Threat Intelligence Report - July 29, 2023.
The NetFire Threat Intelligence Report contains a weekly collection of key developments to be aware of along with action tips from NetFire.
NetFire Threat Intelligence Team
FraudGPT, a variant of the strong natural language processing system GPT-3, has been discovered generating fraudulent and malicious texts, including phishing emails and realistic, personalized messages, thereby posing a significant cybersecurity threat. Able to adapt, obfuscate its intentions, and mimic legitimate sources, this AI tool can evade many current detection and prevention measures, posing a challenge for cybersecurity solutions.
Read more: https://netfire.link/fraudgpt
Zenbleed Bug Leaves AMD Processors At-Risk
Read more: https://netfire.link/zenbleed-amd-processor-risk
WordPress Ninja Form Plugin Poses Risk to 400,000 Sites
The popular WordPress form-building plugin Ninja Forms has been identified to contain three high-severity vulnerabilities, potentially allowing attackers to escalate their privileges and steal user data, especially on websites supporting membership and user registrations. While developers have released an updated version 3.6.26 to fix these vulnerabilities, approximately 400,000 sites that have not yet updated the plugin remain susceptible to cyber attacks.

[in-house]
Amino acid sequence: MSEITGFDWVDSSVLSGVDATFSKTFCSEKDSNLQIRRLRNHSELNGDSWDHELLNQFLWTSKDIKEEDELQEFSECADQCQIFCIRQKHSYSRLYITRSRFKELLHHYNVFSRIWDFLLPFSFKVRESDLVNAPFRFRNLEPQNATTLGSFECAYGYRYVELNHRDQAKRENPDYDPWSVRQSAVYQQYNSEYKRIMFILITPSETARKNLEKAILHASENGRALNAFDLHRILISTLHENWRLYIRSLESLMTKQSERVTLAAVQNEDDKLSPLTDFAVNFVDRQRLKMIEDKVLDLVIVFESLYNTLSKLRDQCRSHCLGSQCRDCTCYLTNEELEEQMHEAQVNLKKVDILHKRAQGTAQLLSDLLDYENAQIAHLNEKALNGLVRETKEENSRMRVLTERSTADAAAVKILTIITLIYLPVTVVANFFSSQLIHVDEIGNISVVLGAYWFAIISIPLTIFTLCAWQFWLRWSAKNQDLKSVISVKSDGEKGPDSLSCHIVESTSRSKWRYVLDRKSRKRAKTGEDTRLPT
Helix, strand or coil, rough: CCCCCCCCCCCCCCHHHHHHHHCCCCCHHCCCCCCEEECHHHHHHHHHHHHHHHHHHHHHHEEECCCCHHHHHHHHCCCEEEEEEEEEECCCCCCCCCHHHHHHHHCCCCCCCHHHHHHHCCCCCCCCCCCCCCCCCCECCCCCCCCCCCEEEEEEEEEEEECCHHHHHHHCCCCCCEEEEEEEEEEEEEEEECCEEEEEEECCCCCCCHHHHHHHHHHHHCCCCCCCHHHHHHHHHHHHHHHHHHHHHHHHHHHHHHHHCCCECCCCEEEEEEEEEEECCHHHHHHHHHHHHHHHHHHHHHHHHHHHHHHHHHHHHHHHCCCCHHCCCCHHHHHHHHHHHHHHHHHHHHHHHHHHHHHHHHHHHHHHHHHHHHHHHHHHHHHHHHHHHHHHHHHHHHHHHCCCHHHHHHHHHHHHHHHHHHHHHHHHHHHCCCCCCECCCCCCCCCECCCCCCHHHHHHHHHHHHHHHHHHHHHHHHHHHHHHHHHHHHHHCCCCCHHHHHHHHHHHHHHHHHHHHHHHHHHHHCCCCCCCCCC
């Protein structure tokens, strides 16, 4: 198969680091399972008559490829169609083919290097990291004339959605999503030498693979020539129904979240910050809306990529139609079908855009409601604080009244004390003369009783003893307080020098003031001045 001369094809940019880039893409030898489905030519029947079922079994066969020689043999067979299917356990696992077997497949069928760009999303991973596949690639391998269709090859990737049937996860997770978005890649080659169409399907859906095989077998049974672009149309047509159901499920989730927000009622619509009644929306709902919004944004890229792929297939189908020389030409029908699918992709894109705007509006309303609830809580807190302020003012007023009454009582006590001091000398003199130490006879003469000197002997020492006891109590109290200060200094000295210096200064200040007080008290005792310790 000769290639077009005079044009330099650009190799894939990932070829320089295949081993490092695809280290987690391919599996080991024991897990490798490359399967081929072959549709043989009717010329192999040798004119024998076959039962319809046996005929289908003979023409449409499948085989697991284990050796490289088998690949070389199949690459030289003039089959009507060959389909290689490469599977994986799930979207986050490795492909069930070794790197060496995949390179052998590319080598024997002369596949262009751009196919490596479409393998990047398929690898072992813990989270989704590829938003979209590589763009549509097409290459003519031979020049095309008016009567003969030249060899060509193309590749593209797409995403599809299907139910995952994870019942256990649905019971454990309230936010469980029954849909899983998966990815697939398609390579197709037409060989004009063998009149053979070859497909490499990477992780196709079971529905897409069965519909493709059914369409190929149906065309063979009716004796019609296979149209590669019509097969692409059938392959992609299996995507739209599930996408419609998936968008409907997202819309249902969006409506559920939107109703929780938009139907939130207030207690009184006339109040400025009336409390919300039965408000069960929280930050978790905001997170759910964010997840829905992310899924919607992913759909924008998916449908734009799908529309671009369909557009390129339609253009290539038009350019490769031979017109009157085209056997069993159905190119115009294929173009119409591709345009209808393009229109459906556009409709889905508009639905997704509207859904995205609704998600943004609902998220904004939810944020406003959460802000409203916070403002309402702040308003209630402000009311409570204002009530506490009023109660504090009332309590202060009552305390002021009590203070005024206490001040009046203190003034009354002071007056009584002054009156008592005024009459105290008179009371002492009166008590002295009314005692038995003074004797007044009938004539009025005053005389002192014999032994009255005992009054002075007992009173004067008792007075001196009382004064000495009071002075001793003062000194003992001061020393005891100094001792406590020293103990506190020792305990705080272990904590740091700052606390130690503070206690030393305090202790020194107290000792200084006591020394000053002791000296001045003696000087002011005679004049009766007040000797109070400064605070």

Read more: https://netfire.link/wordpress-ninja-form-plugin-risk
Linux Vulnerabilities Affect 40% of Ubuntu Users
Two high-severity security flaws in the Ubuntu kernel, impacting 40% of its users and prevalent in cloud environments, could enable local privilege escalation attacks. The vulnerabilities, identified as CVE-2023-2640 and CVE-2023-32629 and known as GameOver(lay), reside in the OverlayFS module and could allow an unprivileged user to manipulate an executable file and trick the Ubuntu Kernel into copying it to a different location, thus providing root-like privileges.
Read more: https://netfire.link/linux-vulnerabilities-affect-forty-percent-of-ubuntu-users
Non-Profits Targed with Nitrogen Malware Through Search Ads
The new 'Nitrogen' initial access malware campaign uses Google and Bing search ads to promote fake software sites, ultimately infecting users with Cobalt Strike and the BlackCat/ALPHV ransomware, targeting mainly technology and non-profit organizations in North America. The campaign functions by luring users into downloading trojanized software applications like AnyDesk, Cisco AnyConnect VPN, and others, leading them to compromised WordPress hosting pages that imitate legitimate software download sites, and finally executing a malicious Python package that establishes communication with the threat actor's C2 and launches a Meterpreter shell and Cobalt Strike Beacons onto the victim's system.
Read more: https://netfire.link/non-profits-targeted-through-search-ads
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